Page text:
“Why’s everybody sing along/ when we built this city on ruins?”
This question posed by Destroyer frontman Dan Bejar in the song “Poor in Love” embodies a major accomplishment of Kaputt
, the band’s 10th album. In dissecting the music, one finds a barrage of poetic but half-formed thoughts, synthesizers, jazz melodies, social commentary and other bold juxtapositions, but Destroyer achieves an effortlessly smooth, infectious delivery of these elements with Kaputt
Bejar, a Canadian singer-songwriter who also sings and plays several instruments for The New Pornographers, exemplifies his adept creativity in Kaputt
. At once an indie-pop album and an experimental soft-rock affair with jazz and electronic elements, Kaputt
is dreamlike and playful in its unique, ambient energy. Even amidst longer and more orchestral tracks, Bejar’s gentle voice mellows out the music for a soothing balance akin to the music of fellow Canadians in Broken Social Scene; the vocals provide a conversational anchor while the dreamy music sails in all directions.
The album opens with “Chinatown,” a charming combination of acoustic guitar, ambient synths and an occasional burst of saxophone with intermittent female vocals by Sibel Thrasher in which lovers sing about being unable to walk away from each other. Like much of the album, it creates a sort of trippy magic from the familiar hooks and rhythms of ‘80s pop-rock in the vein of David Bowie. The more melancholy “Blue Eyes” remains lighthearted through similarly conversational lyrics and soulful background vocals: “jacked-up sorrow, I want you to love me / you sent me a coffin of roses / I guess that’s the way things go these days.”
The lyrical style of Kaputt
is distinct and hits upon insightful one-liners but refuses to linger too long in one train of thought. Bejar frequently breaks cycles of pensive repetition with joyfully tangential lyrics, as he describes in “Savage Night at the Opera”: “a quatrain etched on a turnstile / to etch the loop and then go wild.” His honest, unfinished delivery prevents the album’s cynical, societal critiques on decadence and prejudice from becoming too heavy-handed.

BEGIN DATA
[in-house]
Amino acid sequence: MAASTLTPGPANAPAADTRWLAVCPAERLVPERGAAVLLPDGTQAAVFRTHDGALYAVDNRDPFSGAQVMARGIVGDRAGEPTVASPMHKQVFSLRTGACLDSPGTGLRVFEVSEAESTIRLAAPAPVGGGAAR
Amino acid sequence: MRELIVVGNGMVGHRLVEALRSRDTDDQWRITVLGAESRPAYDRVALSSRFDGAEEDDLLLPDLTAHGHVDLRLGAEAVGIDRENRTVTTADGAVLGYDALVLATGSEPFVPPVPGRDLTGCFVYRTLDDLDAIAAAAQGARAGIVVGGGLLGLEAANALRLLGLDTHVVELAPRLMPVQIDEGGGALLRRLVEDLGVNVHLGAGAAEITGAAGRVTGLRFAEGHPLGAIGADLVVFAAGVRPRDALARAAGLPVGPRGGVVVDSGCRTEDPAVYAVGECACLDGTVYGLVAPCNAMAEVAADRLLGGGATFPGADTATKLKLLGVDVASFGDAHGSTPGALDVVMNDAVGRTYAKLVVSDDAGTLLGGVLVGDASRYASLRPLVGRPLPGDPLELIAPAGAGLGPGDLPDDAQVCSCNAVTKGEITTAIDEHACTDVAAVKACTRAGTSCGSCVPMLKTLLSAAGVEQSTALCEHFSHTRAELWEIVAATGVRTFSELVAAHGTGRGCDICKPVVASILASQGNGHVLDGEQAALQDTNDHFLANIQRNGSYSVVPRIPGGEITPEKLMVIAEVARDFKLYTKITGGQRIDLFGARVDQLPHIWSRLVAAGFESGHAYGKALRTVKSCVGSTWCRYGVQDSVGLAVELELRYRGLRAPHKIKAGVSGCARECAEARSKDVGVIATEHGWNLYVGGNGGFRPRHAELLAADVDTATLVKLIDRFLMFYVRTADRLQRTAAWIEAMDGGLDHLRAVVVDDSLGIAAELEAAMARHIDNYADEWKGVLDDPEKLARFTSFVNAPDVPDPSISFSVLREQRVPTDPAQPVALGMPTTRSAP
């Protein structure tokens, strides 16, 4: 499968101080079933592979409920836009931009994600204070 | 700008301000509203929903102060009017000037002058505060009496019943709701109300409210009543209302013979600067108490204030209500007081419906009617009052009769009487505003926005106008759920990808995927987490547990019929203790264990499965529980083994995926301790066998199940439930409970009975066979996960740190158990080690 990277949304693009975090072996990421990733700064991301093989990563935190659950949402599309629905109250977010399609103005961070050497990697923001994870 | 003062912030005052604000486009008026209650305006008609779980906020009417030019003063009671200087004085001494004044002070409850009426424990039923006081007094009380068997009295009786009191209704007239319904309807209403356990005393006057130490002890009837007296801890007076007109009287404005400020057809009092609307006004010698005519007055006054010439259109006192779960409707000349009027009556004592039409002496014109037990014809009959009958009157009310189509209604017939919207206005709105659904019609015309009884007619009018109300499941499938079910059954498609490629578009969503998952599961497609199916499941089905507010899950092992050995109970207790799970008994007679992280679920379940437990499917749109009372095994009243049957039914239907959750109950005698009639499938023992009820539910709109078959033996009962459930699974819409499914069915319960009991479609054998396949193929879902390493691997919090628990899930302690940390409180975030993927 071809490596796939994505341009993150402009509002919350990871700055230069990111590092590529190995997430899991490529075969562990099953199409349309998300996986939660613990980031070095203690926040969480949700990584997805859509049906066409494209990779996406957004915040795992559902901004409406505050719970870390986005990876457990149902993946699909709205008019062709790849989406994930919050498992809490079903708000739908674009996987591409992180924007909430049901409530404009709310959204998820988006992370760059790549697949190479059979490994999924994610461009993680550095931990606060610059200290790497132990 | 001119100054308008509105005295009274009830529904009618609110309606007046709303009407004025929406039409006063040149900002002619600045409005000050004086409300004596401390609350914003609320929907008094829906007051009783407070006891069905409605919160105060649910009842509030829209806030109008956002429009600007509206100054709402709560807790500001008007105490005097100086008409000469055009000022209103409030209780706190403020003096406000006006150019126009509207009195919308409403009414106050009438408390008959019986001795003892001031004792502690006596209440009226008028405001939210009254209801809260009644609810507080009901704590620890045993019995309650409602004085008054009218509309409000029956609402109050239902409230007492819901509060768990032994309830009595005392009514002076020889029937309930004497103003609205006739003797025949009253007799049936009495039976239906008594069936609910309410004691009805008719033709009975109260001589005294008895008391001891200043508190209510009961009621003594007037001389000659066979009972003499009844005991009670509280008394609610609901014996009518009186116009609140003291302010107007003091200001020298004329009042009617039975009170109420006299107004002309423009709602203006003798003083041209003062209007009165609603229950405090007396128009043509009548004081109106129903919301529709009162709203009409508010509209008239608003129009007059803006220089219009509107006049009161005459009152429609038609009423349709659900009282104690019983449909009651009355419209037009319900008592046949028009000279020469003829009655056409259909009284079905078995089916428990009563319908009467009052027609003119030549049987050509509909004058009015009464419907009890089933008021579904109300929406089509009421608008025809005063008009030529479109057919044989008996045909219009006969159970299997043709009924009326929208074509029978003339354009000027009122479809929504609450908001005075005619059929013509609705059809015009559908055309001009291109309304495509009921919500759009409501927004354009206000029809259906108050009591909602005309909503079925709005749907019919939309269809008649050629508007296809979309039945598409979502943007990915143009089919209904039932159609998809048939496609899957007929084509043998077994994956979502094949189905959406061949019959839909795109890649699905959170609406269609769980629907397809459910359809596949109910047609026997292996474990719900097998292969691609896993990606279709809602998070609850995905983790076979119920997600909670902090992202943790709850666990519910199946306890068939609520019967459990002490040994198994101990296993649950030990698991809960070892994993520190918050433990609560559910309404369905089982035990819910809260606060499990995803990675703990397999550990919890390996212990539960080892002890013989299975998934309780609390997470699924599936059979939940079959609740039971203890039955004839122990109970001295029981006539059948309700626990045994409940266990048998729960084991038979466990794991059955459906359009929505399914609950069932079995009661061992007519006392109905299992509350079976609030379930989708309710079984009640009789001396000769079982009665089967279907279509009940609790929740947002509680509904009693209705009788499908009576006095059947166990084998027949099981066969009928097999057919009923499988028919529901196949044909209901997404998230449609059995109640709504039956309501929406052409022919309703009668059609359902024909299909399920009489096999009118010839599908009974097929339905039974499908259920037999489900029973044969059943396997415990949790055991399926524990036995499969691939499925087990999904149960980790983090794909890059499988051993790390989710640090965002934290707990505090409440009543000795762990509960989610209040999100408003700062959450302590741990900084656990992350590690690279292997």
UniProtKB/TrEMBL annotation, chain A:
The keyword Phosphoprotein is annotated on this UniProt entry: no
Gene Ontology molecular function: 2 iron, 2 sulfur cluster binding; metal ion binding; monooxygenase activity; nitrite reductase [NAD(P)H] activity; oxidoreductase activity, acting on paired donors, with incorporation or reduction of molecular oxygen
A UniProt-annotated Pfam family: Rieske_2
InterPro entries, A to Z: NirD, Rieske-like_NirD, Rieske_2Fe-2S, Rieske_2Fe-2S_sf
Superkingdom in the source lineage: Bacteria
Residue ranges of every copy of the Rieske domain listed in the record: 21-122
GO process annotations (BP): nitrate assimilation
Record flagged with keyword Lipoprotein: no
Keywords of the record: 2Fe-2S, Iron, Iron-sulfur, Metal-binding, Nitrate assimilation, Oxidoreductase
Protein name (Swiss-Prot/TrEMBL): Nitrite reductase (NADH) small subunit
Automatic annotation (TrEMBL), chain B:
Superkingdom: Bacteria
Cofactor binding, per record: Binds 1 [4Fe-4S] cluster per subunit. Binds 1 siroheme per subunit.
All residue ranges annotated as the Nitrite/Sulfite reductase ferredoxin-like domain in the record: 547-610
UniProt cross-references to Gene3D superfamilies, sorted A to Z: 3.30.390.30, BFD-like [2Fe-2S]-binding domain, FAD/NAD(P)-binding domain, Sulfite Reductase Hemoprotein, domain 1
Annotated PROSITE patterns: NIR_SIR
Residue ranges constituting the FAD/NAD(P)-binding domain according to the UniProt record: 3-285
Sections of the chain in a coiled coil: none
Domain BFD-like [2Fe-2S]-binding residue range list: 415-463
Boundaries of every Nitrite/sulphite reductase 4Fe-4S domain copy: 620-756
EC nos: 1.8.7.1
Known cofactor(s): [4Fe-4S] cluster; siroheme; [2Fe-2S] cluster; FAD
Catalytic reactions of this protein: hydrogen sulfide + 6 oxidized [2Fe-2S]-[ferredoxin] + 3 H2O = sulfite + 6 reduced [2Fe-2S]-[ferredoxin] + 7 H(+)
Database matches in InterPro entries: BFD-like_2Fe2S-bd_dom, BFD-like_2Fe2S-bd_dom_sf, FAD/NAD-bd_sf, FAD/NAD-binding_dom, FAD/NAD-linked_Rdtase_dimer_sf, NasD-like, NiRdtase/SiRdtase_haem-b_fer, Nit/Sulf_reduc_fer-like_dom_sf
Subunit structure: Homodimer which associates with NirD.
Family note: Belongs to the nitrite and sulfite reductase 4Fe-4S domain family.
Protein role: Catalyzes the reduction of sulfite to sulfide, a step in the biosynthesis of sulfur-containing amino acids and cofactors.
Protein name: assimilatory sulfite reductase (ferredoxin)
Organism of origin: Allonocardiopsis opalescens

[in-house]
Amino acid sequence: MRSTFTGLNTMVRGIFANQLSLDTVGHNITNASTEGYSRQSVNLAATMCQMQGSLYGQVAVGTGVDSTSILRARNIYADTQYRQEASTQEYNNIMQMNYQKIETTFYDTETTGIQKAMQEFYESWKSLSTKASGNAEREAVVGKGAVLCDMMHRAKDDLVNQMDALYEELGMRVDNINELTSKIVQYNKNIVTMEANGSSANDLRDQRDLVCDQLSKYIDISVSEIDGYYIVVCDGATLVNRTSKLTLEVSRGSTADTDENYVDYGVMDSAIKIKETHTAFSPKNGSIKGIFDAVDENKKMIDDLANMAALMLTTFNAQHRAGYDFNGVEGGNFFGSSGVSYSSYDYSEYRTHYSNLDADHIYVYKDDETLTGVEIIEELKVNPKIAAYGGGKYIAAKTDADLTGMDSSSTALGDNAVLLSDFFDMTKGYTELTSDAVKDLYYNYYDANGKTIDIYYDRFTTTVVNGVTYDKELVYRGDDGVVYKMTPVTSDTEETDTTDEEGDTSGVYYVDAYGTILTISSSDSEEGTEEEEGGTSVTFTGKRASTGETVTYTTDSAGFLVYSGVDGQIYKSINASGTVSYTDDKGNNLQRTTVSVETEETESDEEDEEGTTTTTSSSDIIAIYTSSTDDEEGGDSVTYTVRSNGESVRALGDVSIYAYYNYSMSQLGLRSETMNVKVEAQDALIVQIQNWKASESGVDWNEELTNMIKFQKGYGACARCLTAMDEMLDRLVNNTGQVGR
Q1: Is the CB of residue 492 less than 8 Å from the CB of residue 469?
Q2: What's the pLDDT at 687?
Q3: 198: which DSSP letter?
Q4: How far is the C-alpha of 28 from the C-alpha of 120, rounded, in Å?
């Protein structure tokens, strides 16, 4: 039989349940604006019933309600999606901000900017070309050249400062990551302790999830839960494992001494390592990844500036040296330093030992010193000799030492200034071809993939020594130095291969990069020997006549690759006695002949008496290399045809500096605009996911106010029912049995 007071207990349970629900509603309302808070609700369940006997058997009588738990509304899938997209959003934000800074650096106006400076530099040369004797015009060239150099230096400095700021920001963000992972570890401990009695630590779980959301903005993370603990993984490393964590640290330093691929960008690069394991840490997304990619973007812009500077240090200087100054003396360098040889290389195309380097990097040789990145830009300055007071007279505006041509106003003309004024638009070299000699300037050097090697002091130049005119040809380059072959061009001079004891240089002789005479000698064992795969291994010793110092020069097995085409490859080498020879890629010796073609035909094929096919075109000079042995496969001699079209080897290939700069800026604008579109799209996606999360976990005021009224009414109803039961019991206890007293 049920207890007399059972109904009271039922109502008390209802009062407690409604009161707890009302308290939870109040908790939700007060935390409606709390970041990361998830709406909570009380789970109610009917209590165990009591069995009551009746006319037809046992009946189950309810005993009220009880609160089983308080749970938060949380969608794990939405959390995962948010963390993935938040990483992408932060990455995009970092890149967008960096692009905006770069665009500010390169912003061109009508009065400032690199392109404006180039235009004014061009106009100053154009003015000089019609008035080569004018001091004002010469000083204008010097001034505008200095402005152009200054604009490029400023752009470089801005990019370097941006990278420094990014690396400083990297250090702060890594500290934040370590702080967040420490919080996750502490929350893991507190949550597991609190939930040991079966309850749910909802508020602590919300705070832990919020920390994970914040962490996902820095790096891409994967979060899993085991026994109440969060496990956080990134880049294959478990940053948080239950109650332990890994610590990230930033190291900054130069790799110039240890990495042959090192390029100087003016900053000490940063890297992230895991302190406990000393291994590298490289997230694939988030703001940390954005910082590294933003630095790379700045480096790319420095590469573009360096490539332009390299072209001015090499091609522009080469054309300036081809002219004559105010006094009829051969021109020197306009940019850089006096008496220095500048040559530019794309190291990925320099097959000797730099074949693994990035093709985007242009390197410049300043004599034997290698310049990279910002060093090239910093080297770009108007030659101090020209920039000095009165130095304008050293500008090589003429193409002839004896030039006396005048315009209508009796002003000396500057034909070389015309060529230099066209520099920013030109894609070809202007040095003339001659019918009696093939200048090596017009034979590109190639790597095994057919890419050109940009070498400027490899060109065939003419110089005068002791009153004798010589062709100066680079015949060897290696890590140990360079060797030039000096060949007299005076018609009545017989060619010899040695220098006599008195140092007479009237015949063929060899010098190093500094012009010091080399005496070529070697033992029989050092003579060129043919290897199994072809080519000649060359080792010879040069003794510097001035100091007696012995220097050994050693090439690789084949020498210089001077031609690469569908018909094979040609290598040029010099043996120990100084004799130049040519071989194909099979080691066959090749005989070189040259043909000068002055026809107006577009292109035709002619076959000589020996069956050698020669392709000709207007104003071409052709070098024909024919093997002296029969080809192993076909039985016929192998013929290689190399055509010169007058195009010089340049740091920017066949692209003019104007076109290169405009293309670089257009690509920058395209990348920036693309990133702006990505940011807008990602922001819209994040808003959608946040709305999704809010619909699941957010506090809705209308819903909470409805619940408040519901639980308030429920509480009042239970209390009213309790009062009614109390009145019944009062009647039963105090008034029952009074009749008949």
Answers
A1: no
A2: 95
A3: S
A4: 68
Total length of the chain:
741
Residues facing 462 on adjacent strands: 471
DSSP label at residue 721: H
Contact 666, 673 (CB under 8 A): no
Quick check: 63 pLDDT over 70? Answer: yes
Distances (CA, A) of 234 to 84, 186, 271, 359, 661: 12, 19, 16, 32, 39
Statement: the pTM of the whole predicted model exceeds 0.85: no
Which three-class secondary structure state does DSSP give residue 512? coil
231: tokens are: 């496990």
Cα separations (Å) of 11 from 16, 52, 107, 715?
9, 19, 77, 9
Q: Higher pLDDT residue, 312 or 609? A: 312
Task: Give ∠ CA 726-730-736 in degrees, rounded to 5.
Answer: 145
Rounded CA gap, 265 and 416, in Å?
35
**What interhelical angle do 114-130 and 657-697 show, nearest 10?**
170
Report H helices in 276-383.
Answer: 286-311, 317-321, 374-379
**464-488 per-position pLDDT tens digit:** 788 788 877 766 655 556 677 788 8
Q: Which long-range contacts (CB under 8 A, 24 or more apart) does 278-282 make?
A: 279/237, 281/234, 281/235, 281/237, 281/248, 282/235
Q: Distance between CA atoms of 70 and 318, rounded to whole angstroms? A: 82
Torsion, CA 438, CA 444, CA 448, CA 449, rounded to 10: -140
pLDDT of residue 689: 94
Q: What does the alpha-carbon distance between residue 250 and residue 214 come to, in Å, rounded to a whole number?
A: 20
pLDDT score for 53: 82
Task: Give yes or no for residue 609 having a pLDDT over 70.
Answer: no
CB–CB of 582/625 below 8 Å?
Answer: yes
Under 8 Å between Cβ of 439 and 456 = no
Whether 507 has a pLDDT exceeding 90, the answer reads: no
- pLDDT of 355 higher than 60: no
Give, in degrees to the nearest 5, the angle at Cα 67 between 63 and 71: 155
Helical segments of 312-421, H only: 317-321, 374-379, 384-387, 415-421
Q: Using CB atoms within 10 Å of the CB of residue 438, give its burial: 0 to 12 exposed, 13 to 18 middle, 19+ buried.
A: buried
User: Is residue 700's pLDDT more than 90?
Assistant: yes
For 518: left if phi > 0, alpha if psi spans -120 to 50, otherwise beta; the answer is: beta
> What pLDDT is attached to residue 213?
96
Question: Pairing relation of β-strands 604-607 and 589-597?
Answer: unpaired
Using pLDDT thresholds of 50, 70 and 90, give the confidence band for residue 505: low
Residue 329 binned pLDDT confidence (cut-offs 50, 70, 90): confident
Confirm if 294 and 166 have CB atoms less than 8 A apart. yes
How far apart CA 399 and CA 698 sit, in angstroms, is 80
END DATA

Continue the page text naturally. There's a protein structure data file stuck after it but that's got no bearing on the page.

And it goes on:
The songs loiter through a world that is enigmatic even to the singer but retains a very personal dimension: “You travel light every night / you arrive at the conclusion of the world’s unutterable secrets.”
“Suicide Demo for Kara Walker,” for which lyrics were co-written by the artist referenced in the title, describes the tragedy of societal apathy toward ambiguous longings and fears of individuals: “And as proud Americans, we let it slide away.” Dark lyrics are here accompanied by hauntingly bright instrumentals and interjections of a saxophone amidst a lulling rhythm. At over eight minutes, the song remains a chronicle of telling moments rather than a social diatribe.
The album ends on a buoyant note with “Bay of Pigs,” a floaty disco-infused hymn to the rhythm of life. With rolling undertones of island music and more energetic synthesizer phrases, this long, sprawling song neatly embodies the unique state of mind induced by the album.
The genre-bending music of Destroyer has reached a maturation of richly textured innovation in Kaputt
. Furthermore, it provides a huge relief not to see Bejar and bandmates taking themselves too seriously. Perhaps self-referentially, he sings in “Savage Night at the Opera”: “Hey Mr. Prince of the pearly wet night / I heard your record, it’s all right.” Kaputt
reaches far beyond the bounds of ‘all right’ into undiscovered territory.
— Contact Nicole Azores-Gococo